Algae oil company Solazyme, which went public in May of this year, reported both revenue and losses up for the second quarter of the year. Solazyme reported revenue of $7.4 million, up from $4.4 million in the same quarter a year ago, and at the same time, lost $17 million for the quarter, which was higher than the $6.4 million loss from the same quarter a year earlier.
The company isn’t producing all that much algae oil at scale yet, and also not generating very much revenue. Solazyme is focusing on niche markets right now like personal care products, pharmaceuticals and food. But starting in 2012, Solazyme plans to break ground on a plant to make algae oil for fuel and chemicals, and hopes to have that factory up and running in 2013.
Solazyme expects that its fuel and chemical factory will produce 550,000 metric tons of algae oil by the end of 2015. On a call with media and investors, the company said that now — two-plus months after the IPO — they are on track to hit all their milestones and timeline.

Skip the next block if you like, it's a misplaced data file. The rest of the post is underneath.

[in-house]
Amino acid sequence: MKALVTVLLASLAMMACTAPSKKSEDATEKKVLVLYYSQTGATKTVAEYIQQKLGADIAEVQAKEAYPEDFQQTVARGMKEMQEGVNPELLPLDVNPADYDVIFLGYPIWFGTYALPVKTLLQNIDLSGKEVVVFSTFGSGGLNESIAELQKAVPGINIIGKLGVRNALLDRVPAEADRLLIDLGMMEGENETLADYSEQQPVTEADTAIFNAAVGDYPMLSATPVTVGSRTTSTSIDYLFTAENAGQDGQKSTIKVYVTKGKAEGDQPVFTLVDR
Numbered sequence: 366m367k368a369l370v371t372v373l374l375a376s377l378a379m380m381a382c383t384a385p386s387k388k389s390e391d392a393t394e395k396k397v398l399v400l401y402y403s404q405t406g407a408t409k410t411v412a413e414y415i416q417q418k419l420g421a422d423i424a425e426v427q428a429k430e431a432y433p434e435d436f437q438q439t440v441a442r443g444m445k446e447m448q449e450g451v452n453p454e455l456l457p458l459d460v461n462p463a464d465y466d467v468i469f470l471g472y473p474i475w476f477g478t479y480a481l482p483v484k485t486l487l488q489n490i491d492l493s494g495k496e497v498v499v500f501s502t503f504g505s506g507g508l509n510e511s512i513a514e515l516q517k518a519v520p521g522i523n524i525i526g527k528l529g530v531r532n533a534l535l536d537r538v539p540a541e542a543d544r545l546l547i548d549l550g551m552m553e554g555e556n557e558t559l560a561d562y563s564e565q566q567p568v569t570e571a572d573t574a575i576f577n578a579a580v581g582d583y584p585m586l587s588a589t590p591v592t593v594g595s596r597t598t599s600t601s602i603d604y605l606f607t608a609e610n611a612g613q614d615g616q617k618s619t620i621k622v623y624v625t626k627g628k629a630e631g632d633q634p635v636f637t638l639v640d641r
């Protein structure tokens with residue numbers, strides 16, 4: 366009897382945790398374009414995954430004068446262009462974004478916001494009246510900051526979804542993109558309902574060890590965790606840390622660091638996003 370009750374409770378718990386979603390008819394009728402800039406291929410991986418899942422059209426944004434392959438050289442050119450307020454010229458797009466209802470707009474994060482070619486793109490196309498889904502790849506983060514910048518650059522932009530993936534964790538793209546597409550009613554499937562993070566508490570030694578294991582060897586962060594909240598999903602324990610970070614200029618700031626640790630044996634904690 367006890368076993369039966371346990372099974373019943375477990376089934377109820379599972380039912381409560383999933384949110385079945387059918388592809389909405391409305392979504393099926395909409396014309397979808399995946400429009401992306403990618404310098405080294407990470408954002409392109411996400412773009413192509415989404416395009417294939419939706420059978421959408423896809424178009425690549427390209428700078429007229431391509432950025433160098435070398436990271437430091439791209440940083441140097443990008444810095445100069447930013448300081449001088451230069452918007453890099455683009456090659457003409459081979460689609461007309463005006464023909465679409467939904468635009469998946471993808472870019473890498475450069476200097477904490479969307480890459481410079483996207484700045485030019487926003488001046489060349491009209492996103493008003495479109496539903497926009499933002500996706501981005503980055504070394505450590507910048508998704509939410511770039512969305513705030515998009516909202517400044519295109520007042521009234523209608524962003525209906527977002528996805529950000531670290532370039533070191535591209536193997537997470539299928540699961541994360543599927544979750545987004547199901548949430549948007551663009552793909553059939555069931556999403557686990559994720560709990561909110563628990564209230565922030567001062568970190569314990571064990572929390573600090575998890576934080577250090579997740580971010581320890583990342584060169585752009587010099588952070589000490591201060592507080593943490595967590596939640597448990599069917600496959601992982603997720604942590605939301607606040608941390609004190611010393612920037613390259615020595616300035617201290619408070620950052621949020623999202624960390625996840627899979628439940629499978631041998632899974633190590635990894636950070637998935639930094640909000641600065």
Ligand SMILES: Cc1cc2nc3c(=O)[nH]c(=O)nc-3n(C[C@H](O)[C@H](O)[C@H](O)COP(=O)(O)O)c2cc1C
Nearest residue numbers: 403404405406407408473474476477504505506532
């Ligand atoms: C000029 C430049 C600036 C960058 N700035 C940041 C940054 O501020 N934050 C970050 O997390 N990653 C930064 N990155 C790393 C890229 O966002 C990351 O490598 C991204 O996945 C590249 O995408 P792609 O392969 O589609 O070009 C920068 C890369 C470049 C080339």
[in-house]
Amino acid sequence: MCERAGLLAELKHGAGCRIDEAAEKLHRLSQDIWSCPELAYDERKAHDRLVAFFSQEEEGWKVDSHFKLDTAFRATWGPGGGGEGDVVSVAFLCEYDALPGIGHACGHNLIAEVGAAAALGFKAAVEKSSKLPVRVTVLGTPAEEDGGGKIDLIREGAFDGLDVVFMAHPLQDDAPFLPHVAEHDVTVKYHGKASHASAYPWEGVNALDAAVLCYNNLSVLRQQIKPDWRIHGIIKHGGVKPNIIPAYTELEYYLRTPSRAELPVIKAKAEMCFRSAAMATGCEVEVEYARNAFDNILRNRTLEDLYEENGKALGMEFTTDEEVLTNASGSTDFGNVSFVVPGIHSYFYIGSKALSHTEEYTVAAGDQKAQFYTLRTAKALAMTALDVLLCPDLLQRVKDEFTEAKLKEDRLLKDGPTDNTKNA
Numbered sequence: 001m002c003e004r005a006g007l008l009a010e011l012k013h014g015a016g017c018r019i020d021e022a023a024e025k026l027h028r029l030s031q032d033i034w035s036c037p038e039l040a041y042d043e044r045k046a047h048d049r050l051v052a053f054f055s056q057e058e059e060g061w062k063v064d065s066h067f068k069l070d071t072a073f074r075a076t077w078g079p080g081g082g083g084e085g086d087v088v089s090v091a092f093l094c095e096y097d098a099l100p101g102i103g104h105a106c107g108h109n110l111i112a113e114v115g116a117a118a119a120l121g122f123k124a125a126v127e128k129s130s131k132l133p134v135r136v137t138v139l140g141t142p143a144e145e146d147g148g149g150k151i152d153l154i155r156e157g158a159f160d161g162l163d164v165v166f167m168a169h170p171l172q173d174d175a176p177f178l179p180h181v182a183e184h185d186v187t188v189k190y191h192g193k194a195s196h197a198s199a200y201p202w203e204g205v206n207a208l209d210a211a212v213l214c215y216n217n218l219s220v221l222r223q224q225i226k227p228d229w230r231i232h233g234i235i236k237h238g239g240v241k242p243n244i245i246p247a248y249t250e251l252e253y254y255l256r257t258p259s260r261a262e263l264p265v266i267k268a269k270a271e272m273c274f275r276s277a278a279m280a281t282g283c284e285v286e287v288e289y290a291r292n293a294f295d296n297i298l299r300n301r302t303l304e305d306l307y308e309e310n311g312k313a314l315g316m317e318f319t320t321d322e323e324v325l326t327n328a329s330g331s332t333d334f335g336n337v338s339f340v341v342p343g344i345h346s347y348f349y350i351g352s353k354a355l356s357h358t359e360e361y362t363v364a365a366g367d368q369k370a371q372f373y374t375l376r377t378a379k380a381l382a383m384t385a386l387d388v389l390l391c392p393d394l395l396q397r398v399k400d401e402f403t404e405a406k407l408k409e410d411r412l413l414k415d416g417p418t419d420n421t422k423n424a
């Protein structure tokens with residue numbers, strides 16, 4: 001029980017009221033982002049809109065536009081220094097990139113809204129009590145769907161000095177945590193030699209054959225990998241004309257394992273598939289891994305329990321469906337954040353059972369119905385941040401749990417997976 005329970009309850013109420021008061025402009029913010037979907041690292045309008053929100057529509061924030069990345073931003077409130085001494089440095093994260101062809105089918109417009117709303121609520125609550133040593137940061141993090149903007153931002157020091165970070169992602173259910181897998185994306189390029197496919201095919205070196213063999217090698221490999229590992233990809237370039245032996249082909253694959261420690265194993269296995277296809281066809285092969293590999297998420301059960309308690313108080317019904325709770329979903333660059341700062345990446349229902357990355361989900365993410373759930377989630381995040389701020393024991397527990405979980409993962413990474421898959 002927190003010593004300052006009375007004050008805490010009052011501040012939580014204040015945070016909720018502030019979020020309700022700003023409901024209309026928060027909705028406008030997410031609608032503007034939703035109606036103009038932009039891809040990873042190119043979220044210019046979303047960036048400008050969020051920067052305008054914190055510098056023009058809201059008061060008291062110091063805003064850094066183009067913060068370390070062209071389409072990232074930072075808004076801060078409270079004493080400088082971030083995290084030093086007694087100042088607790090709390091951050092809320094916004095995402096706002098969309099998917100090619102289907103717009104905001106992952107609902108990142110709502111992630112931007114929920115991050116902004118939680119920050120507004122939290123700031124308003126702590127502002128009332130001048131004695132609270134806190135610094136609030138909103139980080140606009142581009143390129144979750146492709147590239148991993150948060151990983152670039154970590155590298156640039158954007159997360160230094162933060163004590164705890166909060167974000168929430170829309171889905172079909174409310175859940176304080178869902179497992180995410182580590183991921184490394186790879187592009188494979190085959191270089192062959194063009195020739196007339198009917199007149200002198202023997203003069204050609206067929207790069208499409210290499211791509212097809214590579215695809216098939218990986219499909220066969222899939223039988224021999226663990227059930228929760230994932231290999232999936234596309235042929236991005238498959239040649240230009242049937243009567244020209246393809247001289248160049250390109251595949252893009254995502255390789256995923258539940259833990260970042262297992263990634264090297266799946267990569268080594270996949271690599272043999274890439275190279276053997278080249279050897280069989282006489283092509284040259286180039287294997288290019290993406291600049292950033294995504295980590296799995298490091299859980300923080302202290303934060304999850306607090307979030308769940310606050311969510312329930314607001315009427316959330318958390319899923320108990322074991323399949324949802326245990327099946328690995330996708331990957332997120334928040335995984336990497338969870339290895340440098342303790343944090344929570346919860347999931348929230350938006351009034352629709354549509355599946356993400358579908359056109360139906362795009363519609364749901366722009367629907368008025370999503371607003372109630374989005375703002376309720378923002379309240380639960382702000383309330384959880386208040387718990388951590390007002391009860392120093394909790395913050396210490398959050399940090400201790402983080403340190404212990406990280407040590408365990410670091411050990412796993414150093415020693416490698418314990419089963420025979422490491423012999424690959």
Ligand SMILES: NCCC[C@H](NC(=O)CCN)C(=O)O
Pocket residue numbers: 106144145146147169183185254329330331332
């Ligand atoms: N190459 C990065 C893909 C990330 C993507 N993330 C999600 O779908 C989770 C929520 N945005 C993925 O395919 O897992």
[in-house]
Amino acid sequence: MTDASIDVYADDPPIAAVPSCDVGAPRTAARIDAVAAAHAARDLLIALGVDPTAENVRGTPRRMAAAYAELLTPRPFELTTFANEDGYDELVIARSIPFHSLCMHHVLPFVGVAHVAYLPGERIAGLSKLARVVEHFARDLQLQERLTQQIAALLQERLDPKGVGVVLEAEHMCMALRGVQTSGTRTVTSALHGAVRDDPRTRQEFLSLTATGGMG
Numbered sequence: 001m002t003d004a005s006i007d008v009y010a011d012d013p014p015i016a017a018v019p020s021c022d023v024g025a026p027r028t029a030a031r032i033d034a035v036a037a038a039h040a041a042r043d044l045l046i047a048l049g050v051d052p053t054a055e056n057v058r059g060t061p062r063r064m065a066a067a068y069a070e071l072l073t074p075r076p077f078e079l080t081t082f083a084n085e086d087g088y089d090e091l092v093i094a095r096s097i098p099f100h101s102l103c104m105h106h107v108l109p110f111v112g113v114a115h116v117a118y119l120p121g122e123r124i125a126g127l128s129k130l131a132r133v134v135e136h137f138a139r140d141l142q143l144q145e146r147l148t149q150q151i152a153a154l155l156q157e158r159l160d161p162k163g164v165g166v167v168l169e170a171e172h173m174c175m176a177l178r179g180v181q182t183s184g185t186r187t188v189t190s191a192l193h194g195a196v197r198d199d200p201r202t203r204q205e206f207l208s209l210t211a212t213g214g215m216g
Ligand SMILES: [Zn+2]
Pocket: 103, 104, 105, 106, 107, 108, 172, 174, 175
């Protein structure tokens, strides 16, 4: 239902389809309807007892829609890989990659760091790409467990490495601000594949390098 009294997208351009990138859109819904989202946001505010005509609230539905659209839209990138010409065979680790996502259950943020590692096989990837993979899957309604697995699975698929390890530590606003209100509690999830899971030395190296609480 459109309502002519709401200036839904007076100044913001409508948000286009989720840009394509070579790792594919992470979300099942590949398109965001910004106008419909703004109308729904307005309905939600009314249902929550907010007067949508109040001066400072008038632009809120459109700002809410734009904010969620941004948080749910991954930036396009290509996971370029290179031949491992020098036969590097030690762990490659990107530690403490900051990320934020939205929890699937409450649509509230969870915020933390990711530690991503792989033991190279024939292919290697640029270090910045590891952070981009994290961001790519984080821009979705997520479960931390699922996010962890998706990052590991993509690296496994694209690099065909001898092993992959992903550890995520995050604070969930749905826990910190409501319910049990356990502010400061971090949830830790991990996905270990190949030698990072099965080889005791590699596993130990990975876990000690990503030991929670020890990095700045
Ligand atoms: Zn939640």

The good thing about the initial personal care market is that the margins on them are really high, though the market size is small. The opposite is true for the fuels markets; the margins are a lot smaller, but the market size is much higher (see graph below).
Solazyme’s stock fell 4.66 percent in trading today to $19.55. The company priced its stock at $18 per share when it went public two months ago.
Solazyme engineers efficient algal strains and grows its designer algae in fermentation tanks without sunlight by feeding it sugar. Then, using existing industrial equipment, it extracts the oil. Solazyme is a leader in the algae fuel space, but competes with Sapphire Energy, Craig Venter’s Synthetic Genomics, and a handful of other companies looking to scale up algae oil production.
Despite that several next-generation biofuel companies have gone public in recent months, very few companies are producing biofuels on a scale to sell to the transportation market. Most, like Solazyme, are focusing on smaller markets in the meantime like nutroceuticals, biochemicals and specialty products.